Colic is one of those terms that just about every parent has heard, but a lot of us don't know exactly what it is. Has your doctor recently said your baby is suffering from colic and then followed it up by saying that he or she can't do anything about it? It's a frustrating thing that many parents go through, especially when you aren't exactly sure what colic is. Your question as to what colic is isn't an uncommon question; unfortunately, it doesn't have an easy answer. But, there are some things you can learn about colic to help reduce the symptoms and make life a little better for your precious baby.
Colic isn't really known as a disease or condition, rather it's a grouping of symptoms that afflict 15-20% of all babies. The symptoms include fits of unexplained crying, spasms, contractions, reflux, moaning, groaning, pushing, and grunting. You may notice that your baby has keeps his or her body very rigid during these episodes and will most likely have clenched fists. Often babies with colic are inconsolable, even when they are held or parents attempt to comfort them. Colic episodes generally follow a feeding and they are known to become worse in the evening hours.
The reasons that some children suffer from colic are unknown, though there are several theories. Many doctors believe that colic is a developmental issue, as the digestive tract just can't keep up with the rapid growth experienced in the first few months of life. Because most children outgrow colic by about four months of age, this is a very logical explanation. Other doctors believe that colic is a result of emotional stress that parents pass onto their infant. Fussy babies are also known to suffer from colic more often than babies that have a more content temperament, so many have suggested that temperament plays a part. Not surprisingly, many doctors link colic to diet. Milk allergies and sensitivities come into play for many babies that suffer from colic and a slight change in diet often fixes the problem.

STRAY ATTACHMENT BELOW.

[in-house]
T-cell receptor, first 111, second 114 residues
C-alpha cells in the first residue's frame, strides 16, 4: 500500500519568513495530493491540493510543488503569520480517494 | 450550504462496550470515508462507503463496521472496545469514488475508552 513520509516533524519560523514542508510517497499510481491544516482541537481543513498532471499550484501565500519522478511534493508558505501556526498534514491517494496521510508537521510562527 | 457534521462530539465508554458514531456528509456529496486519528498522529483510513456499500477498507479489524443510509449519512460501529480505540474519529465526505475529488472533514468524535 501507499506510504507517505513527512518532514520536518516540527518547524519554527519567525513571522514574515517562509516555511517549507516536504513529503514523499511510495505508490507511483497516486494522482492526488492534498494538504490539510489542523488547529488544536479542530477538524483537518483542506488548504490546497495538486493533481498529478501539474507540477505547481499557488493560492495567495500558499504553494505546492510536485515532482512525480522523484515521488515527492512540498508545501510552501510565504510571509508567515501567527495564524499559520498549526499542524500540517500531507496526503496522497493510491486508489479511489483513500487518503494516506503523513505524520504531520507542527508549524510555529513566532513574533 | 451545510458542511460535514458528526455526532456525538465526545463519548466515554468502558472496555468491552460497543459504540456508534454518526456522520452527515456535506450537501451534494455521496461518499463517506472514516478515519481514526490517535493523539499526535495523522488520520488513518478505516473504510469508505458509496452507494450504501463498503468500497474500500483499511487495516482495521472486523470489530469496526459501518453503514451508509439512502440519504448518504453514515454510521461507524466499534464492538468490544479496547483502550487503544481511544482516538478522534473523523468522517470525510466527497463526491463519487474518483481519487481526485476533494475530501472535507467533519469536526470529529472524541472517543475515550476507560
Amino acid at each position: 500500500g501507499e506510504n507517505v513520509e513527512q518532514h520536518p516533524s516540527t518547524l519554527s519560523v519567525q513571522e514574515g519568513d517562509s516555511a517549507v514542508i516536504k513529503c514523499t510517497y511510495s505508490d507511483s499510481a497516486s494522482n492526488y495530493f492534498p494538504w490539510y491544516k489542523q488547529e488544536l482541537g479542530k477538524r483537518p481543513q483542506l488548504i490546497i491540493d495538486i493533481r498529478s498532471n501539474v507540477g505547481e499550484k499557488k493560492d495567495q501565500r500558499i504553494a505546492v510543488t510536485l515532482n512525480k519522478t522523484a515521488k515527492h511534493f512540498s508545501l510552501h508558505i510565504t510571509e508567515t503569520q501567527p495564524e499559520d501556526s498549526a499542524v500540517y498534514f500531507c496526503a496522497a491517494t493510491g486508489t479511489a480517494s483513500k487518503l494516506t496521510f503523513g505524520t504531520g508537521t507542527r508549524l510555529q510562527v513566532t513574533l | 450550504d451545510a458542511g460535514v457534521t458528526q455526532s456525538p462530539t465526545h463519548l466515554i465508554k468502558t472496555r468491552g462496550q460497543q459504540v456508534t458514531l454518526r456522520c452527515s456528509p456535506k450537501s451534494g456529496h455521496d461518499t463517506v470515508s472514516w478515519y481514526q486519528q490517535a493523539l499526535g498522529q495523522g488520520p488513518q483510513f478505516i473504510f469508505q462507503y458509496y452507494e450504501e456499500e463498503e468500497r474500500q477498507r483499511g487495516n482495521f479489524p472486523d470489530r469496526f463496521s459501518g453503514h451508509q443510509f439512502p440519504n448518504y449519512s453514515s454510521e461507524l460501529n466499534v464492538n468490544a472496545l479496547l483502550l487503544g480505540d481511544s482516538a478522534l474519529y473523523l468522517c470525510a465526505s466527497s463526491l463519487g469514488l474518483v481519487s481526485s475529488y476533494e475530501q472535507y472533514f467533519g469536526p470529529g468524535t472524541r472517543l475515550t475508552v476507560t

There are many things that parents can do to try to provide some relief to their baby suffering from colic. Massages, changes in diet, holding their baby more, burping more regularly, changes in maternal diet if breast feeding is occurring, disallowing smoking in the house, and chiropractic treatments are all remedies that may help a colicky baby and his or her start enjoying life again. The reasons for colic seem to be different for each child, so you might have to keep trying new things until you find what works for your baby. Luckily, colic usually doesn't last all that long so if you can mange to remain calm and not get too frustrated it'll be over before you know it and life will return to normal.
If you are not convinced that there isn't an underlying problem causing the colic like behavior, seek the advice of your doctor. Typical colic does not involve diarrhea or a fever, so if your child displays these symptoms it's imperative that you get in touch with his or her doctor right away to eliminate the possibility that something more serious is going on. While your baby might be really fussy and miserable during colic, it generally passes by the fourth month with no lasting effects.